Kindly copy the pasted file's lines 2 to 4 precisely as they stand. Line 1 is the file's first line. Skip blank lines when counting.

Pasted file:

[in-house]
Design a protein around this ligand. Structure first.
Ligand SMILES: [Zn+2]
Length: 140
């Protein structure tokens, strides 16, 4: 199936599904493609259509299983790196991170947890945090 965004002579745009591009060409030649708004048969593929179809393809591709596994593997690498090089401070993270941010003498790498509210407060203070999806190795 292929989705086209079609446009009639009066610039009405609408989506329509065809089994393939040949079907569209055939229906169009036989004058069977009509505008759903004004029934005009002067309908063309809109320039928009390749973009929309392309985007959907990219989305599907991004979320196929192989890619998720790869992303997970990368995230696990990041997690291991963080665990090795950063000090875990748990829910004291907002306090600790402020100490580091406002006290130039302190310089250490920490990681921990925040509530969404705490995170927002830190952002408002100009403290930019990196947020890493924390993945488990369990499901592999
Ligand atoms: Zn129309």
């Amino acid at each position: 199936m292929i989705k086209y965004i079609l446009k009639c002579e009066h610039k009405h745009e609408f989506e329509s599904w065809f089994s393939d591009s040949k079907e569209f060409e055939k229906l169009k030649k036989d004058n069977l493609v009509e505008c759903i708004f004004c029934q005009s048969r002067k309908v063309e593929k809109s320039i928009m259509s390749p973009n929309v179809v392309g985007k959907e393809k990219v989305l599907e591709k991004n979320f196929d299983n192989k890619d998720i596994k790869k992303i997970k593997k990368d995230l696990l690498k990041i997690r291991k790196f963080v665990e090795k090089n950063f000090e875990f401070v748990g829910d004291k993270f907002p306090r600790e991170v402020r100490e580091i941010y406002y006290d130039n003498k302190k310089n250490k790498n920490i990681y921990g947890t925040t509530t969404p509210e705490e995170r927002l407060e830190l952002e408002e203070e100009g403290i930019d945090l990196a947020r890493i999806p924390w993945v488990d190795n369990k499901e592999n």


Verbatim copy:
Design a protein around this ligand. Structure first.
Ligand SMILES: [Zn+2]
Length: 140